"The Elephant Vanishes" by Haruki Murakami

My introduction to Murakami’s surreal world came via his novel Hard-Boiled Wonderland and The End Of The World, an absolutely bizarre and highly imaginative novel concerning the subconscious mind and what happens when it collides with the conscious mind in the same space and moment. Since then, I’ve read a lot about Murakami’s writing and have been eager to explore them further. It is his mashup of surrealism, existentialism and realism that intrigues me the most and I felt that Hard-Boiled was the perfect blend of the three, a “balls-out” exploration of the imagination and where it can go if one allows it to flourish - one part science fiction, one part surrealism, one part “literary” which highly impressed me. You have a similar type of fiction in his short story collection The Elephant Vanishes and although I enjoyed a great number of the 17 stories contained within, some of them simply don’t reach the potential of their highly imaginative premises.


There are common themes running through these stories: the disaffected, lazy narrator who often finds himself in a world where both the real and the surreal merge as if it were something that happened every day, some with better effect than others. When it works, it’s brilliant. When it doesn’t, you’re sort of left scratching your head wondering what it was all about. There is a sameness to a lot of these stories and the fact that they are all written in the first person (a little variety would have been nice) a lot of them tend to come off as a recurring experiment, different attempts and approaches to the same basic themes. The stories that work brilliantly - The Wind-Up Bird And Tuesday’s Women, The Kangaroo Communique, Sleep, Barn Burning, Family Affair, Little Green Monster, A Window, A Slow Boat To China, The Dancing Dwarf and The Last Lawn Of The Afternoon are wonderful explorations into the surreal and existential, much of it focusing on the restrictive and claustrophobic nature of Japanese society (as Murakami sees it, anyway) with great writing and interesting ideas. When it doesn’t work, the stories seem like interesting ideas that aren’t fully fleshed out and fail to reach their potential and are often anti-climatic.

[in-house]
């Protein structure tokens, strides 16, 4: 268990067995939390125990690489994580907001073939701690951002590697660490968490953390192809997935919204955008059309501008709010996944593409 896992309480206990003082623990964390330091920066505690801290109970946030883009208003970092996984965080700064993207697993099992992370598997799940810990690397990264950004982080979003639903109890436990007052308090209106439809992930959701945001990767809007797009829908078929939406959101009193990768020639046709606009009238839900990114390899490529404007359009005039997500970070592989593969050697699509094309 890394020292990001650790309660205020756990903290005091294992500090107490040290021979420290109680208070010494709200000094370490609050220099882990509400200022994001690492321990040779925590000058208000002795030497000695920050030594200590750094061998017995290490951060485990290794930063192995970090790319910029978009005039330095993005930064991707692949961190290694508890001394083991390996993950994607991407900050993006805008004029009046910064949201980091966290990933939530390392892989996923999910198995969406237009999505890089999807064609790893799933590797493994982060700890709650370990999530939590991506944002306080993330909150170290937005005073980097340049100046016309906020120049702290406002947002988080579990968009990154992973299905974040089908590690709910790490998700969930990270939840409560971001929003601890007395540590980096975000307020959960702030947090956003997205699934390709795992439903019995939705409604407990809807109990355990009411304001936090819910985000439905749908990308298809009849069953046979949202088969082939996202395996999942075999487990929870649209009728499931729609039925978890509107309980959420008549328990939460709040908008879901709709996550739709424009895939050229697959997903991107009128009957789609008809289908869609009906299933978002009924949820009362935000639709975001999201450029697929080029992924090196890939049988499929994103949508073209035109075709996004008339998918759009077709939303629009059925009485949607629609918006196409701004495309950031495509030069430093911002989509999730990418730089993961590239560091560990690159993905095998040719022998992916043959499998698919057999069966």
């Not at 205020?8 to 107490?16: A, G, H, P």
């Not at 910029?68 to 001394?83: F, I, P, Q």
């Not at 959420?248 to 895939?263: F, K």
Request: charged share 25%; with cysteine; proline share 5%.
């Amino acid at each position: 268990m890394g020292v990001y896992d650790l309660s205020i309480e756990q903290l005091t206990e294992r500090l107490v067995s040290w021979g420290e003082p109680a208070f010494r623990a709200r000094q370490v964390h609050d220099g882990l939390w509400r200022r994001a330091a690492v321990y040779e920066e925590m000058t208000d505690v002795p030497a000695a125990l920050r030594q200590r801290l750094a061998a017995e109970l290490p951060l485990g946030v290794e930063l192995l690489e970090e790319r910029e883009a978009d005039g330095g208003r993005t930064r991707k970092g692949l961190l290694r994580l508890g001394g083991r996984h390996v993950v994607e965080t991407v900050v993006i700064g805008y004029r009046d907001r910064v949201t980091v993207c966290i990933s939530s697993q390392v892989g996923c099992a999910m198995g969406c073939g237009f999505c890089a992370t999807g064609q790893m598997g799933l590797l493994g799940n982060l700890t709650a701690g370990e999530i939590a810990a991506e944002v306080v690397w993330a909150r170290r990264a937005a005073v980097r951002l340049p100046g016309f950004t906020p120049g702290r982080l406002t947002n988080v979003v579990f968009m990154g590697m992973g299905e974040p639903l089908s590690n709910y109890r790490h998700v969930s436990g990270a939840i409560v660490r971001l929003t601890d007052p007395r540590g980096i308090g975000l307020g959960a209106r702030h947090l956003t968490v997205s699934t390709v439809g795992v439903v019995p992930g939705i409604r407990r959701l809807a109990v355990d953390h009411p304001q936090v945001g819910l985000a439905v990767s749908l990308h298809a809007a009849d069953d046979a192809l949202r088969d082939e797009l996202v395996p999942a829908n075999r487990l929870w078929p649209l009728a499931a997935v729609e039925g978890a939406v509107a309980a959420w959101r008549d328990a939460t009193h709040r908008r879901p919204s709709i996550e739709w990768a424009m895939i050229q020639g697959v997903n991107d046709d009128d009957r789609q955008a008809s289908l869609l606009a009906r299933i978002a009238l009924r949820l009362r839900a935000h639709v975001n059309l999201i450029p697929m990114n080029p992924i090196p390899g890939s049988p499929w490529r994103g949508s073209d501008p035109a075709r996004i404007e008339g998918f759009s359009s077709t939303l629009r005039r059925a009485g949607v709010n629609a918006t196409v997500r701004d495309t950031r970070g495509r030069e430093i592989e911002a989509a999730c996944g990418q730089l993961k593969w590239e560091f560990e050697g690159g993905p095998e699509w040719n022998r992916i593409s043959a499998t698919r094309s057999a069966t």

I’ve yet to explore more of Murakami’s bizarre world and while this collection certainly does give one a taste of it, it hardly shows his full potential, as Hard-Boiled most certainly did. A good collection for those who want to explore surrealist/existential short fiction but not a good one for those who want to introduce themselves to Murakami’s writing. Not a terrible book by any means but one that won’t blow your mind either. Perhaps this collection would have benefited by being a little shorter but that’s just me. Definitely worth a read for the stories I mentioned above but most definitely not an ultimate “primer” of what Murakami is capable of. 

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